The resurgence of Plymouth and Dodge prompted the engineers at Ford to respond with an engine that could match or exceed the highly vaunted 426-ci Hemi. The tried and proven 427-ci FE block was fitted with a completely redesigned set of cylinder heads that took advantage of the performance gains of hemispherical combustion chambers. The new heads also housed a camshaft on each bank, which led the new engine to be called the “SOHC 427” (single overhead cam 427). Capable of pumping out an honest 615 hp with a single 4-barrel carburetor and 657 hp with two 4-barrel induction, the SOHC was unparalleled at the time. After much urging from Chrysler, NASCAR banned the new engine from competition quicker than Ford could gear up to build the required 500 cars.

Undaunted after the rebuff from NASCAR, Ford made the engine available to drag racers, where the SOHC 427-ci met and defeated the 426-ci Hemi in both naturally aspirated and supercharged form with great regularity. After scoring its last major drag racing title in 1971 (“Dyno Don” Nicholson took home the Pro-Stock crown at the NHRA Summer Nationals with his SOHC 427-ci powered Maverick), the “Cammer” faded from active competition as Ford once again withdrew factory support for racing, and the number of available spare parts dried up. The SOHC 427-ci remains the most exotic FE series engine ever produced and is highly sought after by collectors to this day.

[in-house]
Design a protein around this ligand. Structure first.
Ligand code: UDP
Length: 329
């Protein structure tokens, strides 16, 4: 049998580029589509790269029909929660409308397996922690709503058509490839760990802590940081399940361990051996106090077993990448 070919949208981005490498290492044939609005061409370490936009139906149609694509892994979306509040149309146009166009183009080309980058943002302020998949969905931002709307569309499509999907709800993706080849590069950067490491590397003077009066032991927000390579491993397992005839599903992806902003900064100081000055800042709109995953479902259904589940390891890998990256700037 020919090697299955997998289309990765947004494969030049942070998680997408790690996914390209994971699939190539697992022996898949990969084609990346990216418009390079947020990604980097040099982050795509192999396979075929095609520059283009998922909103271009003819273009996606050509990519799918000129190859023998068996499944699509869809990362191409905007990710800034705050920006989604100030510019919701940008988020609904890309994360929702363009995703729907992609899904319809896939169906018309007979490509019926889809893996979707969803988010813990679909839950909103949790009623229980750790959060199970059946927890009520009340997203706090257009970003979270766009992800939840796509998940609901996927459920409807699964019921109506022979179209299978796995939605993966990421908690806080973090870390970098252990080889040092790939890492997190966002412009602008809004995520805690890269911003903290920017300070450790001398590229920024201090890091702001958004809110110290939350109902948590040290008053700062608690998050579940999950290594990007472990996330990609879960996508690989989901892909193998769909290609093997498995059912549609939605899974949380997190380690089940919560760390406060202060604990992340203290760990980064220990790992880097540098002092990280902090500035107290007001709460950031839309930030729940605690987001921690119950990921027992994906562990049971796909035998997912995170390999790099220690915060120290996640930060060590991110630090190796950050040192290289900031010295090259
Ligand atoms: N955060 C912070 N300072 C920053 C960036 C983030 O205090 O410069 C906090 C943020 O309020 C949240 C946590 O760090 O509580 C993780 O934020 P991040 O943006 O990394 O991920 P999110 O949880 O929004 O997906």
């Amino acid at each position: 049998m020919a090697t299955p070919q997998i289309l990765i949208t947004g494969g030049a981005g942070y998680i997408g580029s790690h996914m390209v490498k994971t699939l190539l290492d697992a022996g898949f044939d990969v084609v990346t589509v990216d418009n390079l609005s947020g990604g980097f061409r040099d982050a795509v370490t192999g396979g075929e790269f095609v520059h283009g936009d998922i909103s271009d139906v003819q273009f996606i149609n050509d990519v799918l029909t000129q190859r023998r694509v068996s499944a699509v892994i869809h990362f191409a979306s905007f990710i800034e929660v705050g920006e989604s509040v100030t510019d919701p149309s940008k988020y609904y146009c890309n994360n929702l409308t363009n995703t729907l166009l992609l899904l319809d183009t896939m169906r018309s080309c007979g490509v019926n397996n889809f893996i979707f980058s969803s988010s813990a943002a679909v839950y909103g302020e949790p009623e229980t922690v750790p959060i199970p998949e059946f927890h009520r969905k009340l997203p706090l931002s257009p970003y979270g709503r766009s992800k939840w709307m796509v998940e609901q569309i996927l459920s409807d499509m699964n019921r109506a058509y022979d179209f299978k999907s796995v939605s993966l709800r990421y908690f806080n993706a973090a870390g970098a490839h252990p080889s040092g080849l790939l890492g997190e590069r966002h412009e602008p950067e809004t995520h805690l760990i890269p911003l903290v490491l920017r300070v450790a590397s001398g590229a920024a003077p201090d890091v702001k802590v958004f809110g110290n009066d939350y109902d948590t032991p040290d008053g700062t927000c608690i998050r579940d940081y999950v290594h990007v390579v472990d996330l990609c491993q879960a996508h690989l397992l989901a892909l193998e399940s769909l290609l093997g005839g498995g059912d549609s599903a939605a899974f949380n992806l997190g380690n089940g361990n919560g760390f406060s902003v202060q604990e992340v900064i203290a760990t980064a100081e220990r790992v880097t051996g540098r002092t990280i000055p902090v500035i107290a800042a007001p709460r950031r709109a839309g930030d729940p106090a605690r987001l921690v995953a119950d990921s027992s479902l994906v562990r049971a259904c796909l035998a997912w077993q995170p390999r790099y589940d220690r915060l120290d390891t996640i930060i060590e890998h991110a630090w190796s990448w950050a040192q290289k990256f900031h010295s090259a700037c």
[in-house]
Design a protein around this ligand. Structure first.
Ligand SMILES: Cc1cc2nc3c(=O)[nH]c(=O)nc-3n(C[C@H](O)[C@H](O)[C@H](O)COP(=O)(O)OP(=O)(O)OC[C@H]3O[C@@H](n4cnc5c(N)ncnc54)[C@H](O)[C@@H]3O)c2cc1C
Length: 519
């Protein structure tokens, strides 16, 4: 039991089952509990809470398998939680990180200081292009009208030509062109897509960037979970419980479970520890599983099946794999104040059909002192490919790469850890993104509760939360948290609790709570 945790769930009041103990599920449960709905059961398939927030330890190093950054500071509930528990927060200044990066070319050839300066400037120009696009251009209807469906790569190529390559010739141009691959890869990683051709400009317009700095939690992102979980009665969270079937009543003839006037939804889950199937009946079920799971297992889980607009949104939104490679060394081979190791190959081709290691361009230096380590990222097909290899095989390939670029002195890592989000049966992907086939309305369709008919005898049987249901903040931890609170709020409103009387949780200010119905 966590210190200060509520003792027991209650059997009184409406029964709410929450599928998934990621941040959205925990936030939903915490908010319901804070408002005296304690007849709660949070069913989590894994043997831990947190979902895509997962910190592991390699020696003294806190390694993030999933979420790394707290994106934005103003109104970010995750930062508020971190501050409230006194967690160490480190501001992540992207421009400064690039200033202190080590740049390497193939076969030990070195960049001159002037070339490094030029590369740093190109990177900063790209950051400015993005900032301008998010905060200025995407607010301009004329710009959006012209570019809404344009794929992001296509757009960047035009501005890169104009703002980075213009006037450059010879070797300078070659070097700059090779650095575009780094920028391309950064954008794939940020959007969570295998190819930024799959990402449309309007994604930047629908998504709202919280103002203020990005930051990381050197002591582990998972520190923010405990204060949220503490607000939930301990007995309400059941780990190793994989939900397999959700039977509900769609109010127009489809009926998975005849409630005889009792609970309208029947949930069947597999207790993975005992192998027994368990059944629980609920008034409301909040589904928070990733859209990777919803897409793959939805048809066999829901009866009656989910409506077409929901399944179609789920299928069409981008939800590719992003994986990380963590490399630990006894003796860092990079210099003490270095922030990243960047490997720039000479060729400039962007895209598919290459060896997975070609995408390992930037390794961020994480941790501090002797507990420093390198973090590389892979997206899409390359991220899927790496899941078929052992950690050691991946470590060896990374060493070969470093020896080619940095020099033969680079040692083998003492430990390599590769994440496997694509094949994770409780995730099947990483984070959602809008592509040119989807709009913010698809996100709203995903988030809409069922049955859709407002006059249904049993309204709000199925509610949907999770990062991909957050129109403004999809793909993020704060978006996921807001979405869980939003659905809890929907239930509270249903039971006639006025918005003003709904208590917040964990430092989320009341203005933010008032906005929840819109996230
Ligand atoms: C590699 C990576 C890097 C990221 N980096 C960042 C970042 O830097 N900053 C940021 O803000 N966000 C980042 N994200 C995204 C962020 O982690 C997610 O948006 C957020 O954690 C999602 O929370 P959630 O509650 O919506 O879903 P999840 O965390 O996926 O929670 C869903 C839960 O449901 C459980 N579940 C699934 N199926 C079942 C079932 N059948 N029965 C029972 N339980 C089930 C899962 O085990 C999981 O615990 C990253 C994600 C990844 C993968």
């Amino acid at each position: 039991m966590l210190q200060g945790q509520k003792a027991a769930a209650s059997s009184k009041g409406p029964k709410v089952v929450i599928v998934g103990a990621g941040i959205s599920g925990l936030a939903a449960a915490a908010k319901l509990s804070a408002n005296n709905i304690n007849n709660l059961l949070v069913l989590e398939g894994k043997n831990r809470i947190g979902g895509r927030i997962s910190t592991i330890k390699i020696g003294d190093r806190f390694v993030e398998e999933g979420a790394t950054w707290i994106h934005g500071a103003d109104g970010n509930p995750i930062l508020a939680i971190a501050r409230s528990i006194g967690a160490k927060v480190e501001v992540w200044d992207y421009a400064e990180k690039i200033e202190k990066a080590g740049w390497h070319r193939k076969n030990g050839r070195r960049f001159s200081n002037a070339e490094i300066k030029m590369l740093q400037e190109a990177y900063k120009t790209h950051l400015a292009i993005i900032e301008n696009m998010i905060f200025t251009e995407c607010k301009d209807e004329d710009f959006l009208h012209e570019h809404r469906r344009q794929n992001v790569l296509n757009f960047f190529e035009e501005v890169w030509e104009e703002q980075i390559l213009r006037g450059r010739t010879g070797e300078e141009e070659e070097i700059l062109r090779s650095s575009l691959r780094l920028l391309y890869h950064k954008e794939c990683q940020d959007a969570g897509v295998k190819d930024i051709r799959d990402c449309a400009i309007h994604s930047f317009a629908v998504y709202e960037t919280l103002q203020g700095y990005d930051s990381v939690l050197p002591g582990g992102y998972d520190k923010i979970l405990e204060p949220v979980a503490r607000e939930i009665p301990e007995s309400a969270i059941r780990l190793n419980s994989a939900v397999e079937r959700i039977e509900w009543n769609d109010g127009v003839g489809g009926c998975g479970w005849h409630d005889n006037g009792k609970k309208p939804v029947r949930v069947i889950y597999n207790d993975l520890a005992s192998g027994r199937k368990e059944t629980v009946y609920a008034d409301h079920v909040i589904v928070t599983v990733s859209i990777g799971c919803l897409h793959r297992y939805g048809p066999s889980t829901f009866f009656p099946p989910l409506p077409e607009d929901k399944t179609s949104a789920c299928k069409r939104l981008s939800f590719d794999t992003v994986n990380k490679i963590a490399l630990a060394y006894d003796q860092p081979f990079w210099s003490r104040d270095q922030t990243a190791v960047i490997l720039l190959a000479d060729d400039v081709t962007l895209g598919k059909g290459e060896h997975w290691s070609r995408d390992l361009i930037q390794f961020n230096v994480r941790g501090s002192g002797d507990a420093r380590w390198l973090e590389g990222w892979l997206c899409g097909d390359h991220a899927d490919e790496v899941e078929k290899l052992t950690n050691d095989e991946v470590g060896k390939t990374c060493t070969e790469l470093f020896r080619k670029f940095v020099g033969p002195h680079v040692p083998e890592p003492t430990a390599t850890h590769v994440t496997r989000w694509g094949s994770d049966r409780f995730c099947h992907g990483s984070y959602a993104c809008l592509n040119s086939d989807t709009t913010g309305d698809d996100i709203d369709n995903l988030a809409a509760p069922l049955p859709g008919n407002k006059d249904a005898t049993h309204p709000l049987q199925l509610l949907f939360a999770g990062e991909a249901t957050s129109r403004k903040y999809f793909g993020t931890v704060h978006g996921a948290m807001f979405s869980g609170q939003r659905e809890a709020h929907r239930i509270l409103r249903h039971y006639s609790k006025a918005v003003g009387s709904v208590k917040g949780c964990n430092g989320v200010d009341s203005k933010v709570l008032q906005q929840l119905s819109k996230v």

Ford Big-Blocks: The Ultimate FE Series 332-428 Engine Guide 1

The front view of this cylinder block with its deep skirted sides leaves little doubt about it being a member of Ford’s FE (Ford-Edsel) series. FE engines were first introduced to the motoring public in 1958 and continued to power passenger cars into the early 1970s.